Wednesday, January 23, 2013

40 years of waywardness

To celebrate the 40th anniversary of our national right to murder, Jill Filipovic penned a piece for the UK Guardian (wonder if she trades notes with Jessica Valenti?) that pierces the dark heart of feminism (aka gender Marxism). The subtitle alone confirms everything I’ve written about modern man’s hubristic drive for liberation from history and nature; from the earthly experiences that have come before him; from all the factors, inherited and otherwise, that define his life in place and time: “The 1973 supreme court ruling means much more than a medical procedure. It is about a historic struggle for female emancipation.” Emancipation from what, exactly? Biology, of course! God was a misogynist.

Even with [Roe v. Wade] on the books, the promise of bodily autonomy remains out of reach for many women. And the central opposition to abortion rights isn’t about saving babies, promoting family or protecting women; it’s about controlling female sexuality and trying to return to a time when women were forced or coerced into subservience.

Filipovic’s intellectual dishonesty runs deep as she ignores the realities of the sexual marketplace. It is man who craves sex for pleasure, validation, and a place in society. It is he who must appeal to her for her to receive him, not the other way around. It is her sexual personality, not his, that dictates access to her womb and the possibility of a settled life.

In the old days, woman’s “subservience” was the obligation to choose a suitor, lest she wither in old age, dependent on the state if not her family. In exchange for his care and affection, for surrendering his insatiable wanton impulses to provide her comfort and stability, she satisfied his craving for her body and gave him children.

Marriage was the perfect arrangement to satisfy men’s and women’s needs, but it required “subservience”—or, better, sacrifices—from both: in him, his roaming, untethered nature; in her, exclusive access to her body (i.e., childbearing and -rearing). The sexual revolution changed that, and we’ve been wandering the sexual wilderness ever since. These are the facts of life, but there’s no reckoning of them here by Filipovic.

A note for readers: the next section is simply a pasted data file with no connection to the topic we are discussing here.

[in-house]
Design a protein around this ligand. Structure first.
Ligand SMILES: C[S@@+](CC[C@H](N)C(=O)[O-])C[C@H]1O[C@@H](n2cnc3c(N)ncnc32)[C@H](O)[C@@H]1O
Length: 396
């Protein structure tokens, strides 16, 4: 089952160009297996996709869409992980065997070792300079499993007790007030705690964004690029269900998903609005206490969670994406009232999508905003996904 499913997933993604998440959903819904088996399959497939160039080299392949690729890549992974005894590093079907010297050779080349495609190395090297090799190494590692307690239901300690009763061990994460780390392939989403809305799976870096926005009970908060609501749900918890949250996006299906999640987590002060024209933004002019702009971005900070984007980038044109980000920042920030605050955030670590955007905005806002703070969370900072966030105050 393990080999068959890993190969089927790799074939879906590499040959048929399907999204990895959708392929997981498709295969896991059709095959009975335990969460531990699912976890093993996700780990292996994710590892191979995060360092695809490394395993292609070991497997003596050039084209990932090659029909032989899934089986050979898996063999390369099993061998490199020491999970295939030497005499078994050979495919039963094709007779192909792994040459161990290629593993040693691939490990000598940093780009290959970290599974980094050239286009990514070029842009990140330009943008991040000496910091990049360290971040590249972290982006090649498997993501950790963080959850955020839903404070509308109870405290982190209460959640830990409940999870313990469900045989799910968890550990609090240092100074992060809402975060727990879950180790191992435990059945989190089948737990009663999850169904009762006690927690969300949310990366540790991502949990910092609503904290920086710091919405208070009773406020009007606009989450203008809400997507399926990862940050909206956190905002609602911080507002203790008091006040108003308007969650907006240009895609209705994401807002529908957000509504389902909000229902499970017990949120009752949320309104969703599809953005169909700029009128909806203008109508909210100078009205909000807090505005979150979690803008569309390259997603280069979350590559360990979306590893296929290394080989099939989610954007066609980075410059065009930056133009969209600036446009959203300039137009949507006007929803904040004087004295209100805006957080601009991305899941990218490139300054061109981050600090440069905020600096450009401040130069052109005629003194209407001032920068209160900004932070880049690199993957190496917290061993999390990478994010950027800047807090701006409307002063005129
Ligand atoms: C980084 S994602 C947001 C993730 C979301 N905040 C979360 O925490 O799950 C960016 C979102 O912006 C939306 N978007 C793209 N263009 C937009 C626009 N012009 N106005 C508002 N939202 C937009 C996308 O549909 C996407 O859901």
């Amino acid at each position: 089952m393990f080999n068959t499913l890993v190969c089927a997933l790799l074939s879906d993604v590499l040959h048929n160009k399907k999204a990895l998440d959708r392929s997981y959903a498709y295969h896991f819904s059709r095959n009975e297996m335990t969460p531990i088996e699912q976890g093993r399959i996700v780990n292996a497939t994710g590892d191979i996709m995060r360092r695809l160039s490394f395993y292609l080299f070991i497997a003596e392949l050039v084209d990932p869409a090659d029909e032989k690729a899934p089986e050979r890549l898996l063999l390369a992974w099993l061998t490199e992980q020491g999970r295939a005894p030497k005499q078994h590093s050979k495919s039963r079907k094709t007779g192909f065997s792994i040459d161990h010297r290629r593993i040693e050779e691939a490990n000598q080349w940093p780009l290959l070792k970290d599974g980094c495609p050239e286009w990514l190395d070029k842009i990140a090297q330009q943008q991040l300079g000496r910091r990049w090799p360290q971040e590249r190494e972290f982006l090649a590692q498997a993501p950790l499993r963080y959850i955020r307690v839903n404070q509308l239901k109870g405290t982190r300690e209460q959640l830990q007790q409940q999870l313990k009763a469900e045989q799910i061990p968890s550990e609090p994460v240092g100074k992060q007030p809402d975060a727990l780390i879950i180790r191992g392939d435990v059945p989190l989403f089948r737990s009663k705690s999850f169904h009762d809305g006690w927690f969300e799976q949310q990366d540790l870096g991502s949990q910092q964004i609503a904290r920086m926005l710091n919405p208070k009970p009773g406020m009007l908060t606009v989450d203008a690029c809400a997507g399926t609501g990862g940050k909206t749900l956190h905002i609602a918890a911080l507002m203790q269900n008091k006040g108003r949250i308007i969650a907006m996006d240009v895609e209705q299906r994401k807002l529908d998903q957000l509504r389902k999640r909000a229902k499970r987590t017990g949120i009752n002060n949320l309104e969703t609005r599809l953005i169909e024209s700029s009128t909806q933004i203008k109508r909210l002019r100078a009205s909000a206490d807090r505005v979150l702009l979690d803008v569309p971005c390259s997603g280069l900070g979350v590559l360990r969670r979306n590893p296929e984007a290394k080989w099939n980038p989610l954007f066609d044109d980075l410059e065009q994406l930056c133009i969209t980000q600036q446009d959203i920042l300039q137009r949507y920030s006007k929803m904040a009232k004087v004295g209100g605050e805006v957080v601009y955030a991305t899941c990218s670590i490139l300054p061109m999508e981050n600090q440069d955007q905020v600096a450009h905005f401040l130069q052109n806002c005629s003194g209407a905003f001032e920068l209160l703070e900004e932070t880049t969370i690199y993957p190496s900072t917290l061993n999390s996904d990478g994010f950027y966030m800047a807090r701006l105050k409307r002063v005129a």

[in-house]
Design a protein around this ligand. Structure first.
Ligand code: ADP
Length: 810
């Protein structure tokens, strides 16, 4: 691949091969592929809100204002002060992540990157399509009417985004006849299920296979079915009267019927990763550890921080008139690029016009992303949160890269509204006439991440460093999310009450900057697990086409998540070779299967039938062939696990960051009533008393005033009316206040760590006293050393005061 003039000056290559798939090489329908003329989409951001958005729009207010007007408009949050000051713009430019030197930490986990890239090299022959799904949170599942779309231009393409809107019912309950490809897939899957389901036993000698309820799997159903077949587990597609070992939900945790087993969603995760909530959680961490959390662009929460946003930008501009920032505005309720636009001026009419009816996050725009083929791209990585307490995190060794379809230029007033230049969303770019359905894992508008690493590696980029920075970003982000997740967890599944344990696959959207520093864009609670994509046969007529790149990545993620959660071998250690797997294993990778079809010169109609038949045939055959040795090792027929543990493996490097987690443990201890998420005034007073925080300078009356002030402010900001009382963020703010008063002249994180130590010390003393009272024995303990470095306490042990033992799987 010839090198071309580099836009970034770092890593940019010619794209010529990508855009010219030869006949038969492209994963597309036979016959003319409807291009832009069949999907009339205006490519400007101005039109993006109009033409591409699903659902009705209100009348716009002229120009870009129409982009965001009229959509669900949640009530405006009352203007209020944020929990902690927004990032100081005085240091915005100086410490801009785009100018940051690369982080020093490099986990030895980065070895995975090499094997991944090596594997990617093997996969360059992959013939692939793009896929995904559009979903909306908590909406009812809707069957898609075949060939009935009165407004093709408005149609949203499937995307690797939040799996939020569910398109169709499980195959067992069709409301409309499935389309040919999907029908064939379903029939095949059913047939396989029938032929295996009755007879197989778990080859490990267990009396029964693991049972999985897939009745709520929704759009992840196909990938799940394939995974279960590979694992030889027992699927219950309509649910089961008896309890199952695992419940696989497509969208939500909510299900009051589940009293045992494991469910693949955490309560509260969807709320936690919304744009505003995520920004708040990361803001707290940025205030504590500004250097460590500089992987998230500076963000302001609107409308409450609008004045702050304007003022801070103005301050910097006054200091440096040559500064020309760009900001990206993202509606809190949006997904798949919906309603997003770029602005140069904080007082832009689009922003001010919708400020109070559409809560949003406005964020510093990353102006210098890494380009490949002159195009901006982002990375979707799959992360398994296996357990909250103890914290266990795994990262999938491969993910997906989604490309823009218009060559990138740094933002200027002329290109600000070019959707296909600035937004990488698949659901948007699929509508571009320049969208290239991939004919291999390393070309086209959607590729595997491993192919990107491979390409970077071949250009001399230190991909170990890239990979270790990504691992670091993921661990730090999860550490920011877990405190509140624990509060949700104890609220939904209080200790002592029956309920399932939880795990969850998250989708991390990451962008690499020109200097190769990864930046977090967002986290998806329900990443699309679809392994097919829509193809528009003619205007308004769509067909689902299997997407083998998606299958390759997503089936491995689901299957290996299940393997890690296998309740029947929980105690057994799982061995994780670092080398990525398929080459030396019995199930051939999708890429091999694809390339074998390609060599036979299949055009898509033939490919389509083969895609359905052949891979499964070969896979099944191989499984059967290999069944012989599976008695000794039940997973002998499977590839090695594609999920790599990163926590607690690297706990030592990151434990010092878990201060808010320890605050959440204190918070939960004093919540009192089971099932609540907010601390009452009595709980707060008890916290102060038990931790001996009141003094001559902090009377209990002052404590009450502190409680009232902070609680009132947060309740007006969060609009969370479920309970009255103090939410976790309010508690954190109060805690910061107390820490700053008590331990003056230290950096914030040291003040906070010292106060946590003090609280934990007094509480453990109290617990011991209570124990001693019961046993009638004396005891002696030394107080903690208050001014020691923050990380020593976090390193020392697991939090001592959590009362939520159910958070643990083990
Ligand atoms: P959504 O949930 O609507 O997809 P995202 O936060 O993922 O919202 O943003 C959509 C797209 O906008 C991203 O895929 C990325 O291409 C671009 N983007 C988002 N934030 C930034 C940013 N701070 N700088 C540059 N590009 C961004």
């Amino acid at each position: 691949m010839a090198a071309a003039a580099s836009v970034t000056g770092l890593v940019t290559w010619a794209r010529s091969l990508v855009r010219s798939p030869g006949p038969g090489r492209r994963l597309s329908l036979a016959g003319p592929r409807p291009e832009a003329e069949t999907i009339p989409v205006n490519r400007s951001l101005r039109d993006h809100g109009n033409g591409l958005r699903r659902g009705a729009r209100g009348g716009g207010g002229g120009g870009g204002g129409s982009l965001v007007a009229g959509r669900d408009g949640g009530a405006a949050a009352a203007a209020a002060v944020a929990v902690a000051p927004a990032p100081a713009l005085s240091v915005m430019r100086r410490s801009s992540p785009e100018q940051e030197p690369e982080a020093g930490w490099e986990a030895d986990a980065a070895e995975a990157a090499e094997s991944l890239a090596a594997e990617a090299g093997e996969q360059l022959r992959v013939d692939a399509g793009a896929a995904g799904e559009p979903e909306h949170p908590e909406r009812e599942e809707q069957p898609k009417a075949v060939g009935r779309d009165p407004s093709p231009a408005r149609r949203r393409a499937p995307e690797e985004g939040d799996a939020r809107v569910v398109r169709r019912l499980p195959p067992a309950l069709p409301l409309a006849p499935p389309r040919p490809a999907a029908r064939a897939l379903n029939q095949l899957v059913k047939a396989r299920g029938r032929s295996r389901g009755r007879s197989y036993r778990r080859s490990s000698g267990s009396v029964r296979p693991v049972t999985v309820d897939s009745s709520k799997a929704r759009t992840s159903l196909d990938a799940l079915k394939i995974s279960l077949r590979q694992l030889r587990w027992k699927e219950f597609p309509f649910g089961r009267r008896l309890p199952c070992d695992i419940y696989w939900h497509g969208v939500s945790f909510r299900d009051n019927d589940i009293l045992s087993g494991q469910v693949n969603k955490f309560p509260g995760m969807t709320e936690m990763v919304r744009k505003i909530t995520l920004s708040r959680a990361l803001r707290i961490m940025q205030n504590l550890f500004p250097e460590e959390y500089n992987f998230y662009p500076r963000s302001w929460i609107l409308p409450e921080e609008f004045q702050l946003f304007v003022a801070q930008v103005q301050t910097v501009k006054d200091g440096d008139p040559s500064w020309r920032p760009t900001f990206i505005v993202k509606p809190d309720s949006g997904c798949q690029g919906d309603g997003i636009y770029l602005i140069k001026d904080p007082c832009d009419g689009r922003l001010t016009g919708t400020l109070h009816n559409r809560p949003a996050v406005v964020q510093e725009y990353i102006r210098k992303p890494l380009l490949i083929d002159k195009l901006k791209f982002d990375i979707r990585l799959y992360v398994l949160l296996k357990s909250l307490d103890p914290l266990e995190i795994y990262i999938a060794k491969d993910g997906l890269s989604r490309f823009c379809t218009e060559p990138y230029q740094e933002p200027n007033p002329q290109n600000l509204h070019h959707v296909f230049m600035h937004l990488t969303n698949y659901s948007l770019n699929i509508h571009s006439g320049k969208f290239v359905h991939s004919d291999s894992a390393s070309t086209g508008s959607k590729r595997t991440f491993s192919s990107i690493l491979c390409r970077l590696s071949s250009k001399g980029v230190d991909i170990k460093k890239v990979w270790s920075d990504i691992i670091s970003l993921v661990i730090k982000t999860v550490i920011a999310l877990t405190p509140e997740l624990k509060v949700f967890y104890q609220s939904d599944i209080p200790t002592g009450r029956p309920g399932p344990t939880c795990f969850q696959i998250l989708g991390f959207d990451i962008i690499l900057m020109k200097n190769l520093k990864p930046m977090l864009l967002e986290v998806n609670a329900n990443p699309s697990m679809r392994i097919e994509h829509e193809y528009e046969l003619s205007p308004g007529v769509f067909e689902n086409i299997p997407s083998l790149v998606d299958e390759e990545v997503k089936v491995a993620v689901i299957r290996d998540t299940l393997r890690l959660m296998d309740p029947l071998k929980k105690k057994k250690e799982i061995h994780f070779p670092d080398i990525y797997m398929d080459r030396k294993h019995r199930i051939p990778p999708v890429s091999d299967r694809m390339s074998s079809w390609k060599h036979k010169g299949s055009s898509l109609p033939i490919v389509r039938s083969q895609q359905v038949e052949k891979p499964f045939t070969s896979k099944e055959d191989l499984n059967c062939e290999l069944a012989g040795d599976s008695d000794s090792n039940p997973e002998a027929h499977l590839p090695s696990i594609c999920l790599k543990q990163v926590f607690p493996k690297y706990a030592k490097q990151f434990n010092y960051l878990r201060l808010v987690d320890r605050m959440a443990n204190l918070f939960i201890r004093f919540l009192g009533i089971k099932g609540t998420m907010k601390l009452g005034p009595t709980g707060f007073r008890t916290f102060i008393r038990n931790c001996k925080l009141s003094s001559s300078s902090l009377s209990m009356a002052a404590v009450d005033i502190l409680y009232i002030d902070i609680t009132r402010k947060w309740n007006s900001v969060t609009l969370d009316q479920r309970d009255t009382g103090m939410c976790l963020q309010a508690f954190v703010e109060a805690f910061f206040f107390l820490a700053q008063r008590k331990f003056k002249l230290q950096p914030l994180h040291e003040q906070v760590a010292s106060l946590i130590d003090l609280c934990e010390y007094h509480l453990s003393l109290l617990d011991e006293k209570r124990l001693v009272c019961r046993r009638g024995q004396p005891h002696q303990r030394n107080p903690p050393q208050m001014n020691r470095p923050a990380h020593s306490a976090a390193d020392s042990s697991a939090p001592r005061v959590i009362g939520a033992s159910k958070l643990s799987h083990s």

To anyone who has taken even a cursory look at reproductive rights activism, it’s obvious that decreasing the abortion rate isn’t nearly as much a concern for the pro-life movement as controlling women is. We know what leads to a low abortion rate: comprehensive sex education, affordable and available contraception, rights for women, and a progressive sexual culture. The countries with the lowest abortion rates in the world have that mix – plus legal (and often state-funded) abortion.

A kernel of truth! Indeed, as I wrote last October: “For pro-lifers, fewer abortions is not an end in and of itself. If it were, you would hear some pro-lifers propose abolishing consensual sex sex entirely and reproducing via the test tube method. But no pro-lifer wants this. Why not? Because pro-lifers’ end game is to restore to America’s sexually retrograde culture the sublimity of the sex act.”

Filipovic writes on:

Despite knowing the key to a lower abortion rate, the so-called “pro-life” movement refuses to use it. Instead, they feign concern for babies while doing absolutely nothing to help children and everything in their power to make women’s lives harder and more dangerous if those women dare to believe that they’re entitled to a fulfilling sex life.

I suppose you’re entitled to a “fulfilling” whatever, as long as you don’t run away from the consequences. What are the consequences of the women’s rutting movement? First of all, it let’s men off the hook. When women cooperate in men’s pursuit of pleasure without orientation to the future, men lose incentive to grow out of adolescence. And even if they recognize their primal desire for love and family, intense but assuredly brief flings almost always win out against the challenges of long-term courtship.